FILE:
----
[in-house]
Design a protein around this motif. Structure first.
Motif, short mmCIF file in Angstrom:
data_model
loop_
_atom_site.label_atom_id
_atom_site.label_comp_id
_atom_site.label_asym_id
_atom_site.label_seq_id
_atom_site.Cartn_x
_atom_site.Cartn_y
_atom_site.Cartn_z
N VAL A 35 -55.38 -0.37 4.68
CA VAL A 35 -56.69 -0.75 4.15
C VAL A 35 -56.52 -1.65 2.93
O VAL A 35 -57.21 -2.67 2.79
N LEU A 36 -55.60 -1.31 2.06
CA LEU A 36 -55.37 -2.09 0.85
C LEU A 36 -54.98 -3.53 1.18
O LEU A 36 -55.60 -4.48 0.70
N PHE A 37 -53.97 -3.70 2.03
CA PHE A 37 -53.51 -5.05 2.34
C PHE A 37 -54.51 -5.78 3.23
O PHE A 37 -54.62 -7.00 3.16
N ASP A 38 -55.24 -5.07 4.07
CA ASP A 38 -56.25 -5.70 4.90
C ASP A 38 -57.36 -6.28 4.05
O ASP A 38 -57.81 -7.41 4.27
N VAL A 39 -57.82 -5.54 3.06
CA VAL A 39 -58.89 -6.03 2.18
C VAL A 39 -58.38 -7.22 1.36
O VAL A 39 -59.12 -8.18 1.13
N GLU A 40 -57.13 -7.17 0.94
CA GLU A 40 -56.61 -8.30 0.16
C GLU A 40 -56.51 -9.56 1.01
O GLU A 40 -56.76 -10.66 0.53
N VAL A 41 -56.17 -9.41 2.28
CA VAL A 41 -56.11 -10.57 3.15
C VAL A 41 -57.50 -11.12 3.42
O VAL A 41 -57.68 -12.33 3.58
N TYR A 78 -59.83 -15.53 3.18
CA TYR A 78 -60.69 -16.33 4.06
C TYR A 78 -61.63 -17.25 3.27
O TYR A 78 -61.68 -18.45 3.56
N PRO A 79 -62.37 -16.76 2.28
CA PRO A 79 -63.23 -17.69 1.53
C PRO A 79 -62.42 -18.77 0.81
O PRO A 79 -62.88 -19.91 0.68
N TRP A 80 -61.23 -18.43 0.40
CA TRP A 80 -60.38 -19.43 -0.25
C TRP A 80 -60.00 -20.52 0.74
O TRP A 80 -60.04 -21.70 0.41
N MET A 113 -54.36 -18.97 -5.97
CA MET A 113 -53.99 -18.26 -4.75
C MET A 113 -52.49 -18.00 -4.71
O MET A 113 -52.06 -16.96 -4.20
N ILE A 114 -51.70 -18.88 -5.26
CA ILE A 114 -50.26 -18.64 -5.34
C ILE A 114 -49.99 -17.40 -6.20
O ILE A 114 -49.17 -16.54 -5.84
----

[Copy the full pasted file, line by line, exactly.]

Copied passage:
[in-house]
Design a protein around this motif. Structure first.
Motif, short mmCIF file in Angstrom:
data_model
loop_
_atom_site.label_atom_id
_atom_site.label_comp_id
_atom_site.label_asym_id
_atom_site.label_seq_id
_atom_site.Cartn_x
_atom_site.Cartn_y
_atom_site.Cartn_z
N VAL A 35 -55.38 -0.37 4.68
CA VAL A 35 -56.69 -0.75 4.15
C VAL A 35 -56.52 -1.65 2.93
O VAL A 35 -57.21 -2.67 2.79
N LEU A 36 -55.60 -1.31 2.06
CA LEU A 36 -55.37 -2.09 0.85
C LEU A 36 -54.98 -3.53 1.18
O LEU A 36 -55.60 -4.48 0.70
N PHE A 37 -53.97 -3.70 2.03
CA PHE A 37 -53.51 -5.05 2.34
C PHE A 37 -54.51 -5.78 3.23
O PHE A 37 -54.62 -7.00 3.16
N ASP A 38 -55.24 -5.07 4.07
CA ASP A 38 -56.25 -5.70 4.90
C ASP A 38 -57.36 -6.28 4.05
O ASP A 38 -57.81 -7.41 4.27
N VAL A 39 -57.82 -5.54 3.06
CA VAL A 39 -58.89 -6.03 2.18
C VAL A 39 -58.38 -7.22 1.36
O VAL A 39 -59.12 -8.18 1.13
N GLU A 40 -57.13 -7.17 0.94
CA GLU A 40 -56.61 -8.30 0.16
C GLU A 40 -56.51 -9.56 1.01
O GLU A 40 -56.76 -10.66 0.53
N VAL A 41 -56.17 -9.41 2.28
CA VAL A 41 -56.11 -10.57 3.15
C VAL A 41 -57.50 -11.12 3.42
O VAL A 41 -57.68 -12.33 3.58
N TYR A 78 -59.83 -15.53 3.18
CA TYR A 78 -60.69 -16.33 4.06
C TYR A 78 -61.63 -17.25 3.27
O TYR A 78 -61.68 -18.45 3.56
N PRO A 79 -62.37 -16.76 2.28
CA PRO A 79 -63.23 -17.69 1.53
C PRO A 79 -62.42 -18.77 0.81
O PRO A 79 -62.88 -19.91 0.68
N TRP A 80 -61.23 -18.43 0.40
CA TRP A 80 -60.38 -19.43 -0.25
C TRP A 80 -60.00 -20.52 0.74
O TRP A 80 -60.04 -21.70 0.41
N MET A 113 -54.36 -18.97 -5.97
CA MET A 113 -53.99 -18.26 -4.75
C MET A 113 -52.49 -18.00 -4.71
O MET A 113 -52.06 -16.96 -4.20
N ILE A 114 -51.70 -18.88 -5.26
CA ILE A 114 -50.26 -18.64 -5.34
C ILE A 114 -49.99 -17.40 -6.20
O ILE A 114 -49.17 -16.54 -5.84